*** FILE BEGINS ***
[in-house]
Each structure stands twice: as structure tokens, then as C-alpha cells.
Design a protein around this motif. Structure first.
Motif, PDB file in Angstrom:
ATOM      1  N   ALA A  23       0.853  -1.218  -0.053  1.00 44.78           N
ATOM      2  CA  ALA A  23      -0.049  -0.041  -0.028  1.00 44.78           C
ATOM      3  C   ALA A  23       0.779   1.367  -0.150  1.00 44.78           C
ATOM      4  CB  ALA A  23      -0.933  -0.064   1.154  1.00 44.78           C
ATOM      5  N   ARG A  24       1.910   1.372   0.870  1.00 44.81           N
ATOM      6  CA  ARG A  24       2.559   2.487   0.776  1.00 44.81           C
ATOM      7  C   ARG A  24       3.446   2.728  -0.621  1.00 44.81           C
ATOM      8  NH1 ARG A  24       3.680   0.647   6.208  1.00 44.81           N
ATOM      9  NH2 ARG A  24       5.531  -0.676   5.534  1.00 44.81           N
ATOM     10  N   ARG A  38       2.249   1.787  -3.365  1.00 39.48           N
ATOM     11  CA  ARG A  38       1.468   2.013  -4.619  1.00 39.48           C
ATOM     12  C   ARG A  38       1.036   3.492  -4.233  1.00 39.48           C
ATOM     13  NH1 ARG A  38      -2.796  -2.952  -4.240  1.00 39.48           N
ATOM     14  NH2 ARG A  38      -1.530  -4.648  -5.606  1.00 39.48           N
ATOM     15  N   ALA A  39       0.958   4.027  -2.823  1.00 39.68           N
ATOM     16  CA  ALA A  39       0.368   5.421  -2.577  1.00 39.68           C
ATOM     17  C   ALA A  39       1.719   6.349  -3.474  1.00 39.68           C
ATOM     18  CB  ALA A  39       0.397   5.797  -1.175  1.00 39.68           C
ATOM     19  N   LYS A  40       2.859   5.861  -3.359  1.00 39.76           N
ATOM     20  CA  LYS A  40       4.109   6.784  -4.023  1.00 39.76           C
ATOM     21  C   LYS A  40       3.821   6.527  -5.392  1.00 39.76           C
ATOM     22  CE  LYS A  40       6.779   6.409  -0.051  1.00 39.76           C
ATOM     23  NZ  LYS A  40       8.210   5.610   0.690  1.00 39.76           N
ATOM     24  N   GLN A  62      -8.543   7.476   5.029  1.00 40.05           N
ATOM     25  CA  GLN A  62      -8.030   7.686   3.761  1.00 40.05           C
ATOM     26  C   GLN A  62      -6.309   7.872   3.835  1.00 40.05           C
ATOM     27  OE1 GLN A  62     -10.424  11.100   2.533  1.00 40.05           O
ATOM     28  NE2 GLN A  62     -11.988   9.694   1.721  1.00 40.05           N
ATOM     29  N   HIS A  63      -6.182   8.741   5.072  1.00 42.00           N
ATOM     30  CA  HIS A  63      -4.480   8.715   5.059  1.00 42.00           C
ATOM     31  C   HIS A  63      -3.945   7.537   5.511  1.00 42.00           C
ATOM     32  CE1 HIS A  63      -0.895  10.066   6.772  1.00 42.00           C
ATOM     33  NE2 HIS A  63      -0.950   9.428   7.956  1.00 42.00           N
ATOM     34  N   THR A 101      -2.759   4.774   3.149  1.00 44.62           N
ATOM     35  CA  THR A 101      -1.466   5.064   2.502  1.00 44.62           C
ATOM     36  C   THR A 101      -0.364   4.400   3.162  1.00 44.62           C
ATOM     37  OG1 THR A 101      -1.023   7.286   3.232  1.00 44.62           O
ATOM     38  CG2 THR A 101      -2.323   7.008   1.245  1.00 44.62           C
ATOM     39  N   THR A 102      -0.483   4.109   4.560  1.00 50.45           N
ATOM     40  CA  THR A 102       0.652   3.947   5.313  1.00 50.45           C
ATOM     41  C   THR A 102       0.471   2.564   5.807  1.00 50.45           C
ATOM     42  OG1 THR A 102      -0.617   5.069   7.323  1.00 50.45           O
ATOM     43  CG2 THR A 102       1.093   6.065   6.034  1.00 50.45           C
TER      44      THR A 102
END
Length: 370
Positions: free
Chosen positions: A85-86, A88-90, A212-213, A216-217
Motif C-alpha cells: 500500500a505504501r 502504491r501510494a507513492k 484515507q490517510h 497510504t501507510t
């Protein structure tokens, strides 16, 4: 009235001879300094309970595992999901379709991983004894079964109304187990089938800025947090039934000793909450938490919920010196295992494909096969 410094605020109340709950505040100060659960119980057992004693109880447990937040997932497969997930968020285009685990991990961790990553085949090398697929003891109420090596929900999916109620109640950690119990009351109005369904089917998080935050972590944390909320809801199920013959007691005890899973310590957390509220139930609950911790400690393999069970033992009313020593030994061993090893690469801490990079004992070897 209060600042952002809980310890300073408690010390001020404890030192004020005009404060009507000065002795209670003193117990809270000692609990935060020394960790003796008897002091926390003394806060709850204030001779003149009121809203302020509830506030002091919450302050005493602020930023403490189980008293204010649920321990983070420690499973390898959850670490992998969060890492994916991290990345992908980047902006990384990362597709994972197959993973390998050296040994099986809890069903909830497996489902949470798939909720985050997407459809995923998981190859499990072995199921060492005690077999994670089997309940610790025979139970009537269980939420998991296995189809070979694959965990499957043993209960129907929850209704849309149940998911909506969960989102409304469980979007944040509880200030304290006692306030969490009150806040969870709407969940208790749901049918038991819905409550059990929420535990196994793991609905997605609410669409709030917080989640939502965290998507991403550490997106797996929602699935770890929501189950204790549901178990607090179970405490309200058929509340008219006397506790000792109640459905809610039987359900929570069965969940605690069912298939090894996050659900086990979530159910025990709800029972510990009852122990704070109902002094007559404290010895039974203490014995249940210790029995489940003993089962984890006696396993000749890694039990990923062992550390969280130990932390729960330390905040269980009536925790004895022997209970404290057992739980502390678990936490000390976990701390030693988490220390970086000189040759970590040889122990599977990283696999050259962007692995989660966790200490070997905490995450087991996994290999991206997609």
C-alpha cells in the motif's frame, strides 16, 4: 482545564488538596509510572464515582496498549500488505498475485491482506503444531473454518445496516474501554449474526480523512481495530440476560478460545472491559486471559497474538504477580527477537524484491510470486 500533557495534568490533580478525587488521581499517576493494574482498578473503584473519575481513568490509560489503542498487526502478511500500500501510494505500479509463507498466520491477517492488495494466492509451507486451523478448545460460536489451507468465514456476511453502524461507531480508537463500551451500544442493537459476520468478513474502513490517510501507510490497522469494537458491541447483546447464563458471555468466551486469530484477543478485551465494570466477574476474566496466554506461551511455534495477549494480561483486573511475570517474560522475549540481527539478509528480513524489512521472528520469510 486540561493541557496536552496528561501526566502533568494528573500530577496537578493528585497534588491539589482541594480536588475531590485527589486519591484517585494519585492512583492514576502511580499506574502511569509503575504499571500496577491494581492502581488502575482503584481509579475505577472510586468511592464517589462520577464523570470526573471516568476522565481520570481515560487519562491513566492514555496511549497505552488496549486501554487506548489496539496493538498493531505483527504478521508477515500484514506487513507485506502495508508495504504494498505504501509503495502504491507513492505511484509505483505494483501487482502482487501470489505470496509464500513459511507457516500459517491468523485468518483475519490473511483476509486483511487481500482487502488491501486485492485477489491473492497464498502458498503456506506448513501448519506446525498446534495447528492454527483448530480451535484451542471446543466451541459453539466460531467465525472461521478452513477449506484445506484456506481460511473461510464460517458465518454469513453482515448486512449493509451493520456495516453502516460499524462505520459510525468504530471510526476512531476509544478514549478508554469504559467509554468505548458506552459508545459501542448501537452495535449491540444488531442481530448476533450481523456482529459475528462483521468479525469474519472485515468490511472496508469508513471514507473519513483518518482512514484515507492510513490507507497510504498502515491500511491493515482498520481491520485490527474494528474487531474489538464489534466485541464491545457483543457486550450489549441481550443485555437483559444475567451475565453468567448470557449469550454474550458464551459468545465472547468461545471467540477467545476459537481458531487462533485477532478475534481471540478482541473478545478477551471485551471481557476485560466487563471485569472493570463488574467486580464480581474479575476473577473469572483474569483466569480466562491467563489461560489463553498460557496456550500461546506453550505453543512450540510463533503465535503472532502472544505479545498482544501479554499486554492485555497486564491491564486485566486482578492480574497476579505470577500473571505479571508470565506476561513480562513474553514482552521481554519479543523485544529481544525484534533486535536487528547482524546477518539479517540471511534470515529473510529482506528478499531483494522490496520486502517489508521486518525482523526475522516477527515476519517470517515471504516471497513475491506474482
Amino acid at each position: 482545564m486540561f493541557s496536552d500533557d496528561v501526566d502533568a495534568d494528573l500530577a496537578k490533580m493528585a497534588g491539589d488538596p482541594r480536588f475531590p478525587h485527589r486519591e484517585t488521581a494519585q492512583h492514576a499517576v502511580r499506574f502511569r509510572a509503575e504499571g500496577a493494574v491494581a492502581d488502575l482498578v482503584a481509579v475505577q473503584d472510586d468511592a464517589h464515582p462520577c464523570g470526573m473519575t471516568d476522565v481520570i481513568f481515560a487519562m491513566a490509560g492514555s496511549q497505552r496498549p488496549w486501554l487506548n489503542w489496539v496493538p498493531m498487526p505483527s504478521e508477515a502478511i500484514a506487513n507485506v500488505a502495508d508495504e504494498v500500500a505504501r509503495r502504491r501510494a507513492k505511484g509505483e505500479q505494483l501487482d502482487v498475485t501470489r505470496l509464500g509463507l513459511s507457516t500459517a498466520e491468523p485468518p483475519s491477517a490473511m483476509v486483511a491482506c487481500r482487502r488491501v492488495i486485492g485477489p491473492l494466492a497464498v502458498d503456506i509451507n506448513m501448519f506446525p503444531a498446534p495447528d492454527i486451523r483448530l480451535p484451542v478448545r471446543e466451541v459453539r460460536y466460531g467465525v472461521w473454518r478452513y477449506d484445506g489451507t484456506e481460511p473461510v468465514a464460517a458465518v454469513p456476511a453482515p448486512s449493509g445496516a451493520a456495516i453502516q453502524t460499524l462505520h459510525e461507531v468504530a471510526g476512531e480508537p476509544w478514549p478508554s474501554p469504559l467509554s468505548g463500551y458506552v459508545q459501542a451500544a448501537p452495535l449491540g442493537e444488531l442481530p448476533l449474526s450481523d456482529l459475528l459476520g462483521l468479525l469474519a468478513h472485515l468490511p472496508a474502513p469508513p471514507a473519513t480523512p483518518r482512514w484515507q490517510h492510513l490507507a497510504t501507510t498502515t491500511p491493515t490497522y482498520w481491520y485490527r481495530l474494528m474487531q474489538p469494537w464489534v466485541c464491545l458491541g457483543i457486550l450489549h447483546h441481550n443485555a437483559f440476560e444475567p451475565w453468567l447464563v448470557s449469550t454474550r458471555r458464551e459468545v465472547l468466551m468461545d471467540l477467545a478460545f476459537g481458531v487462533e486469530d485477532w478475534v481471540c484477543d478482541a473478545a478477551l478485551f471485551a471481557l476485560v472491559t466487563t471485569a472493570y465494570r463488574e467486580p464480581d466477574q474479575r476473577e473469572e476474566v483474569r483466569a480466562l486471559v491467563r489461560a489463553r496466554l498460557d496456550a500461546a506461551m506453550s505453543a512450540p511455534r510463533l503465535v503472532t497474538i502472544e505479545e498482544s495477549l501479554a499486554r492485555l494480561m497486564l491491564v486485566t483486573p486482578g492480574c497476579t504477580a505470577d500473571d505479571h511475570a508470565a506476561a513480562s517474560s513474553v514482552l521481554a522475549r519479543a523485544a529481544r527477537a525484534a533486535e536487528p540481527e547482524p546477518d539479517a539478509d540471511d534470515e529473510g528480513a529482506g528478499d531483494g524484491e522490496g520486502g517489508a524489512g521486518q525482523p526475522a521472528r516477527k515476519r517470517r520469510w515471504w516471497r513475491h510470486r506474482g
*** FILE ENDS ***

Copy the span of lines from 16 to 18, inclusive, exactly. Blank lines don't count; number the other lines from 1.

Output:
ATOM     12  C   ARG A  38       1.036   3.492  -4.233  1.00 39.48           C
ATOM     13  NH1 ARG A  38      -2.796  -2.952  -4.240  1.00 39.48           N
ATOM     14  NH2 ARG A  38      -1.530  -4.648  -5.606  1.00 39.48           N